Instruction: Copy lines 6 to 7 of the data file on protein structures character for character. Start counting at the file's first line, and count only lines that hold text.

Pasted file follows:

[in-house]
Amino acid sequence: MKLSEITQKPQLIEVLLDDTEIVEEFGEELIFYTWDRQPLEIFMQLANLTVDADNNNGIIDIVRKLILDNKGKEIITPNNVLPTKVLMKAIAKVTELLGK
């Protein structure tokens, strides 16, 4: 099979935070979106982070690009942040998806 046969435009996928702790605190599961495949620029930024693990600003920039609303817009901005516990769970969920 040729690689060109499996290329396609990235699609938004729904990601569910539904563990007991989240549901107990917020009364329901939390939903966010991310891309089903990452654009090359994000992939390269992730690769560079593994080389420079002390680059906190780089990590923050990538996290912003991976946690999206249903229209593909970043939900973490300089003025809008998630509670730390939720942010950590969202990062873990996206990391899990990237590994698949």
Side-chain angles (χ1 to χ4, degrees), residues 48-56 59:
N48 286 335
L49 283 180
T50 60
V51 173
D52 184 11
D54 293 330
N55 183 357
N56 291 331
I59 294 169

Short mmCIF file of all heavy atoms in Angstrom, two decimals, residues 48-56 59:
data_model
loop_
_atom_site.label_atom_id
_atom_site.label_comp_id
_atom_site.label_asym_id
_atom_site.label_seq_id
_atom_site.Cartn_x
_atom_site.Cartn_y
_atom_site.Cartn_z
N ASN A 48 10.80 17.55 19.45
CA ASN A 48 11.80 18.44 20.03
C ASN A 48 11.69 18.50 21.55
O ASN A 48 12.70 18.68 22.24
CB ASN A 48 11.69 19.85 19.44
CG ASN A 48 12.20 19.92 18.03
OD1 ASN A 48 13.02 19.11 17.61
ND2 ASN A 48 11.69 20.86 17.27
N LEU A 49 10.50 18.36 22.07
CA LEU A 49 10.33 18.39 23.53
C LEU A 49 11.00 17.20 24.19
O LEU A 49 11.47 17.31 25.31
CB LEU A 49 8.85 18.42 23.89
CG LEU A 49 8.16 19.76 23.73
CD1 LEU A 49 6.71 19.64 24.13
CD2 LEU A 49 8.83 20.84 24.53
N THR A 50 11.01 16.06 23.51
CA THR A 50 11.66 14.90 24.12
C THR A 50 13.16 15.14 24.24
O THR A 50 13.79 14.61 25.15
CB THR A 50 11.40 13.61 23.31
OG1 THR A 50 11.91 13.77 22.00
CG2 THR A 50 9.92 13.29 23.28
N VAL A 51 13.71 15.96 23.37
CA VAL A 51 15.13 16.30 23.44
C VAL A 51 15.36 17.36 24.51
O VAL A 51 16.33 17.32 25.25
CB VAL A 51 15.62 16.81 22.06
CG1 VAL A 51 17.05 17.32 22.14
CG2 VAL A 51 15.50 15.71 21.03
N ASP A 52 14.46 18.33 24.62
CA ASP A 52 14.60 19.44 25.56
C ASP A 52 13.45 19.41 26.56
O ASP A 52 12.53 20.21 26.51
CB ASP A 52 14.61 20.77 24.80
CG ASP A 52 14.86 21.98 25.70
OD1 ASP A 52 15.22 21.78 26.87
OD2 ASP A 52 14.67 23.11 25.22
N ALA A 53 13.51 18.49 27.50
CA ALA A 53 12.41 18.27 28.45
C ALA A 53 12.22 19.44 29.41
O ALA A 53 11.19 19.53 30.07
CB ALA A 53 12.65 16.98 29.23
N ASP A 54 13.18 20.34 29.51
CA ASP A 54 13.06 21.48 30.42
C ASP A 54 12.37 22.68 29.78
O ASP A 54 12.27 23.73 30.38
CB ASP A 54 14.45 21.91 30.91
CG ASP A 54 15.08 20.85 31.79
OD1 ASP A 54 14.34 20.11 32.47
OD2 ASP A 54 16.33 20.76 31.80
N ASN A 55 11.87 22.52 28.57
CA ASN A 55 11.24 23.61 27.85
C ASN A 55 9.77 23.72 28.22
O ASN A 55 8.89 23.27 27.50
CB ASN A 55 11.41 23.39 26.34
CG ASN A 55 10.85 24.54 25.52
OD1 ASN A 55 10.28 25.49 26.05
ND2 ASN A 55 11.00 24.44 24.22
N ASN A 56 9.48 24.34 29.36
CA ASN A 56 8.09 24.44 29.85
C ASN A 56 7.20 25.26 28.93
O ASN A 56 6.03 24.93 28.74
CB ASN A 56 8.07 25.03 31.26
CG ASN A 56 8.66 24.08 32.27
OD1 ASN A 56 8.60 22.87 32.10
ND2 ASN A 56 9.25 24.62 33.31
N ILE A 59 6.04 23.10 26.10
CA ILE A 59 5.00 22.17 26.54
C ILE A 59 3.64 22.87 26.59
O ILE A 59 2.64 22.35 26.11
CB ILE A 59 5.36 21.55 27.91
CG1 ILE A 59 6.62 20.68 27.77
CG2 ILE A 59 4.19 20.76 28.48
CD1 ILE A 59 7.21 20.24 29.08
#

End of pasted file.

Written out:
L49 283 180
T50 60